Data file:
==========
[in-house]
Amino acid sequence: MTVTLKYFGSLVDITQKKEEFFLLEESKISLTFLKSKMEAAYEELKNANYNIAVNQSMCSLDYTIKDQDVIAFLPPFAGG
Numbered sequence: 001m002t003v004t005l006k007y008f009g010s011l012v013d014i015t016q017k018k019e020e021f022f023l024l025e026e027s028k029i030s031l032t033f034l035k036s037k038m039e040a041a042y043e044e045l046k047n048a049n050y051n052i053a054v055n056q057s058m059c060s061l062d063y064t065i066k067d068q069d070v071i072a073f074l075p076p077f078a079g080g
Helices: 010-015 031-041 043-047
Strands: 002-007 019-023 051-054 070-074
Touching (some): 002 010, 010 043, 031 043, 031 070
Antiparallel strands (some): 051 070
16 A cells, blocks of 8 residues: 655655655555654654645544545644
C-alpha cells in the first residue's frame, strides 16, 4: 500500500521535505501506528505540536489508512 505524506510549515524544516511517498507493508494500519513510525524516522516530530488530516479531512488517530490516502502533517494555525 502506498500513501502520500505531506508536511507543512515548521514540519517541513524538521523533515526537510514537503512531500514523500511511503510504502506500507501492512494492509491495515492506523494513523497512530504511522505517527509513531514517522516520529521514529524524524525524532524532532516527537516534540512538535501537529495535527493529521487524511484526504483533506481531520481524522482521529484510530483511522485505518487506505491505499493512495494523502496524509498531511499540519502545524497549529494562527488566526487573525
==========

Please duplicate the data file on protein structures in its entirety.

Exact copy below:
[in-house]
Amino acid sequence: MTVTLKYFGSLVDITQKKEEFFLLEESKISLTFLKSKMEAAYEELKNANYNIAVNQSMCSLDYTIKDQDVIAFLPPFAGG
Numbered sequence: 001m002t003v004t005l006k007y008f009g010s011l012v013d014i015t016q017k018k019e020e021f022f023l024l025e026e027s028k029i030s031l032t033f034l035k036s037k038m039e040a041a042y043e044e045l046k047n048a049n050y051n052i053a054v055n056q057s058m059c060s061l062d063y064t065i066k067d068q069d070v071i072a073f074l075p076p077f078a079g080g
Helices: 010-015 031-041 043-047
Strands: 002-007 019-023 051-054 070-074
Touching (some): 002 010, 010 043, 031 043, 031 070
Antiparallel strands (some): 051 070
16 A cells, blocks of 8 residues: 655655655555654654645544545644
C-alpha cells in the first residue's frame, strides 16, 4: 500500500521535505501506528505540536489508512 505524506510549515524544516511517498507493508494500519513510525524516522516530530488530516479531512488517530490516502502533517494555525 502506498500513501502520500505531506508536511507543512515548521514540519517541513524538521523533515526537510514537503512531500514523500511511503510504502506500507501492512494492509491495515492506523494513523497512530504511522505517527509513531514517522516520529521514529524524524525524532524532532516527537516534540512538535501537529495535527493529521487524511484526504483533506481531520481524522482521529484510530483511522485505518487506505491505499493512495494523502496524509498531511499540519502545524497549529494562527488566526487573525